“You don’t say,” muttered Dean. He saw a flash from a patch of forestation and quickly pulled up his gun and fired repeatedly in that area. The attackers responded with heavy machine gun fire, forcing Dean to get behind cover again. “And they’re well armed, too,” he commented. He saw the rest of the small U.S. force at another supply pile, engaging in the firefight. One soldier shouted over to them, “Colonel, we’ve got a man pinned down by enemy gunfire! He was hit in the leg, so he wasn’t able to fall back.” Dean saw another explosion rock the earth… and then it happened.
He was in a small ditch, machine gun in hand, firing at a group of enemy soldiers. Some twenty yards away, more American troops crouched on a small hill, using boulders as their cover, as they also targeted the enemy. Both sides were pinned down. The enemy was dressed in simple country-folk clothes, and Dean knew that they probably would never be connected to North Korea, but he had no doubt in his mind that they were from the north. Suddenly, explosions rocked around him as the enemy engaged in mortar attacks. A man near him dodged the debris of the mortars only to get hit by a bullet. Dean covered his face, praying he wouldn’t get hit…
“Johnson!” Dean struggled to come back to the present. He realized that he had dropped his gun and was curled in a ball. The Colonel was shaking him. “We’ve got to get that man back to a safe zone! We’re going to distract the enemy so that the other men can charge and take down their front line and drive them back. Then we grab the soldier.”
Half of his mind was still filled with mortar attacks, but he was able to say, “Sir, judging by the amount of fire we’re taking, we don’t have enough men to storm them. The risk of casualties is too high!”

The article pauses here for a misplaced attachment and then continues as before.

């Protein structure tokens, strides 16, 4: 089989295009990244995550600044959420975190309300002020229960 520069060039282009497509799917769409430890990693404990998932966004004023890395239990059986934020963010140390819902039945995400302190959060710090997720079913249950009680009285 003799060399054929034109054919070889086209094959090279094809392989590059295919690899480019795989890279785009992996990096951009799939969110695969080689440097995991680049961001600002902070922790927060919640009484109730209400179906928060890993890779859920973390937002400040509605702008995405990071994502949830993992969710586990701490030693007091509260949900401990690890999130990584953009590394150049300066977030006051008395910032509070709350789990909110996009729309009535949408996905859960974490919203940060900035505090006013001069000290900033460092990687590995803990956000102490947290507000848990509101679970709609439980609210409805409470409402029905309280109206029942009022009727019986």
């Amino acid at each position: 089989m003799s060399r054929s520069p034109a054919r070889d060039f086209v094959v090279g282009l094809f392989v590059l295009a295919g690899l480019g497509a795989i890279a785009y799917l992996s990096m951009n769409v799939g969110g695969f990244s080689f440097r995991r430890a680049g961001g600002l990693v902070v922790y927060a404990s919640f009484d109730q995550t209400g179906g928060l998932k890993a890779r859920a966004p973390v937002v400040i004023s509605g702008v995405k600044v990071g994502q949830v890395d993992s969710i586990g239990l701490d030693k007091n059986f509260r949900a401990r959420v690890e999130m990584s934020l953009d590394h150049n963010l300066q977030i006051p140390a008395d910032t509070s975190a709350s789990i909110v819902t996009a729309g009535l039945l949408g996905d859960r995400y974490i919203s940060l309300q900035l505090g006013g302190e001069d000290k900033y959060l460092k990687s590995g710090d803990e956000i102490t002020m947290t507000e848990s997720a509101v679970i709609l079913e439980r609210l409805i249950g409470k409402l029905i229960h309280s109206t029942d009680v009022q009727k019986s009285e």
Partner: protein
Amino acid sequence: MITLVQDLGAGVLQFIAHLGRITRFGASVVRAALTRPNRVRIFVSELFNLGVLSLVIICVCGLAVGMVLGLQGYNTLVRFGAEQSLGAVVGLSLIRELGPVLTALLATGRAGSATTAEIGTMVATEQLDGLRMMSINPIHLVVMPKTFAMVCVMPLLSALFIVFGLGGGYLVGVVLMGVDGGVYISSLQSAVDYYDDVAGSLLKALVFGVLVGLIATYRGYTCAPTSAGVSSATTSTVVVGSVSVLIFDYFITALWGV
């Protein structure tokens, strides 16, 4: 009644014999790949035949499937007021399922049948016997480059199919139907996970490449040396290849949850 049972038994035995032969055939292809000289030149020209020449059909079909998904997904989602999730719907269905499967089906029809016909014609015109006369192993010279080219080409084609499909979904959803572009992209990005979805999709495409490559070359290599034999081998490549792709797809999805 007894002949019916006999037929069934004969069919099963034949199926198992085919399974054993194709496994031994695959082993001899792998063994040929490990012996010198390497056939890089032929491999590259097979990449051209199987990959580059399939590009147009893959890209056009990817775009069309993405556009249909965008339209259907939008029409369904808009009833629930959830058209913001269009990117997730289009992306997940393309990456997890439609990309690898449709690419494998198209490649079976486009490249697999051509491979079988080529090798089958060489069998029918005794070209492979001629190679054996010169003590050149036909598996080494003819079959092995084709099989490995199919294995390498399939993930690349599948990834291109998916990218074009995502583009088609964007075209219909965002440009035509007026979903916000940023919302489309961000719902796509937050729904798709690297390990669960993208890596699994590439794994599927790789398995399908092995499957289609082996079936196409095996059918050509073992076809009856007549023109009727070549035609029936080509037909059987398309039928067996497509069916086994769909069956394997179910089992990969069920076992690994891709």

“We’ve got no choice, Major.”
“Sir, we do. Cover me!” Without waiting for a response, Dean pulled two grenades from his belt, armed them, and lobbed them into the patch of forestation where the attack was coming from. Without skipping a beat, Dean jumped out of cover and sprinted in the direction of the wounded soldier, firing his gun into the forest.
Dean rolled out of the ditch to help the man. The mortars just seemed to intensify…
The grenades exploded, and Dean saw the Colonel and the rest of the Americans intensifying their fire. The enemy was in chaos. He sprinted even harder.
Dean had almost reached the man, when a mortar round exploded right in front of him. The force of the explosion made him fly back, flailing helplessly. He landed in an awkward position and skidded back five feet…
Dean slung the man’s arm around his shoulders and helped him up. As they started their way back, bullets started whizzing around them. Dean returned fire randomly in the direction of the attack, more concentrated on getting the man out of harm’s way.
Even as the Americans charged and routed the attackers, Dean felt despair and shock cling to him as he once again headed to the man. He found him with some serious wounds. He had lost a lot of blood, and there was definitely shrapnel in him. Dean looked helplessly at the wounded man. He muttered, “If I had just gotten here a minute sooner, the mortar would’ve missed us entirely.” Dean literally dragged him over to the army doctor. The doctor said grimly, “He’s in bad shape, but we’ll do what we can for him…”
Dean and the man tumbled behind the supplies, gasping for breath. There was the roar of a transport overhead, and Dean looked up, confused. The Colonel smiled grimly, “I called out for reinforcements when the attack began. That transport has more troops, and we’ll be able to rout the enemy. Congratulations, Major, you saved this man’s life.”
Feeling exhausted, Dean leaned against the supplies and closed his eyes. I saved him. That’s all that matters.